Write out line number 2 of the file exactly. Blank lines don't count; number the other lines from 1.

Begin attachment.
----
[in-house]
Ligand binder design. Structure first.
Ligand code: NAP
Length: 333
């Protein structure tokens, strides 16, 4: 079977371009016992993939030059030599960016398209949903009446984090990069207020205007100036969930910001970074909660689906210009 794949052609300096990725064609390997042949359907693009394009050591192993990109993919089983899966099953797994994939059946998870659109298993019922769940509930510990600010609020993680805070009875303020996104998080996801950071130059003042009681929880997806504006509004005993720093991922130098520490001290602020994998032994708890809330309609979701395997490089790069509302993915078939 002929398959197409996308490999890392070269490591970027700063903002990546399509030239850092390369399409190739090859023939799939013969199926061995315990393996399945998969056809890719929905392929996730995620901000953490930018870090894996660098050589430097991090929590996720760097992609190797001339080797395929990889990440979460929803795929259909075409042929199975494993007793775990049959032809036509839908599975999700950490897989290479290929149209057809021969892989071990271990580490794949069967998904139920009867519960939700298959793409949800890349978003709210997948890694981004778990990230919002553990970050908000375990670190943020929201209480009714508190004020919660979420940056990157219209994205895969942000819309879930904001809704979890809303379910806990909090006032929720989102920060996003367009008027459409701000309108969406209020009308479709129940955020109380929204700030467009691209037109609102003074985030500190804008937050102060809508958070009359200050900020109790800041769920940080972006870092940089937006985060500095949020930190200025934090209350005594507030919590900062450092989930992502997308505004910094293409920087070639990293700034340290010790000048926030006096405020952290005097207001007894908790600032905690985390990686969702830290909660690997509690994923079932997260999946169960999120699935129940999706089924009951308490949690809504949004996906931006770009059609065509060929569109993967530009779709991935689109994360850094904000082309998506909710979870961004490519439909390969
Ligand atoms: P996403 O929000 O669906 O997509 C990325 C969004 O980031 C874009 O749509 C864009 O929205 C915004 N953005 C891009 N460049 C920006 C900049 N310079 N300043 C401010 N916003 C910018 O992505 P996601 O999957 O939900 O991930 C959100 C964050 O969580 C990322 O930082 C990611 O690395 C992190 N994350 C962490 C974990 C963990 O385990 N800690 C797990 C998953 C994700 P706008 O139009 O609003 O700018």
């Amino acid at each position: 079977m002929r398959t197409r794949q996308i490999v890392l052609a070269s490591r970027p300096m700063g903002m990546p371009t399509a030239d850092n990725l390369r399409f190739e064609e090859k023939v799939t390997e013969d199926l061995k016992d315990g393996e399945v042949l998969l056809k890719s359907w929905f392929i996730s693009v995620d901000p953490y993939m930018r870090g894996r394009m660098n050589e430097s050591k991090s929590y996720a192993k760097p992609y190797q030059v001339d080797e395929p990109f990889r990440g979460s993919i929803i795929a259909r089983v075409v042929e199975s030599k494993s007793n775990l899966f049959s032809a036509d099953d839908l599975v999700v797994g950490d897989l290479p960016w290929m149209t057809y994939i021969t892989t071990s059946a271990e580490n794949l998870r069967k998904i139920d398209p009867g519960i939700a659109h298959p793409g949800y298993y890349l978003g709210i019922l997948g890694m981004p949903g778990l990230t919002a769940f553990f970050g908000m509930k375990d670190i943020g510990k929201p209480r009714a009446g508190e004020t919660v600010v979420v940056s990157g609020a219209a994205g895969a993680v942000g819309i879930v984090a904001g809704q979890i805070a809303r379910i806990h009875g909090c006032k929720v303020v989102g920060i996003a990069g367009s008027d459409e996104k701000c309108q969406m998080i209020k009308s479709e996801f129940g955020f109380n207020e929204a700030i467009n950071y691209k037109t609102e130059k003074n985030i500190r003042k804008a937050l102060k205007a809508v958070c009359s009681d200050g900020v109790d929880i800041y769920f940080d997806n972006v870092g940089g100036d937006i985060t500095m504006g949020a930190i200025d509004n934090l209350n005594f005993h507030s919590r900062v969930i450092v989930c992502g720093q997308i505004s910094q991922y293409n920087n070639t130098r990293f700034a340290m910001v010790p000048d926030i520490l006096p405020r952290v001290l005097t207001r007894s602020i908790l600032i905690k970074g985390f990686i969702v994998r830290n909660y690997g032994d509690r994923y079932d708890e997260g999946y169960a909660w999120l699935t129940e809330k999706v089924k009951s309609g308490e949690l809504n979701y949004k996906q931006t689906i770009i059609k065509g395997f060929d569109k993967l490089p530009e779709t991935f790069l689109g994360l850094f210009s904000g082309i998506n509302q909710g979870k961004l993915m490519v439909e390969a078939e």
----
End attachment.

Ligand binder design. Structure first.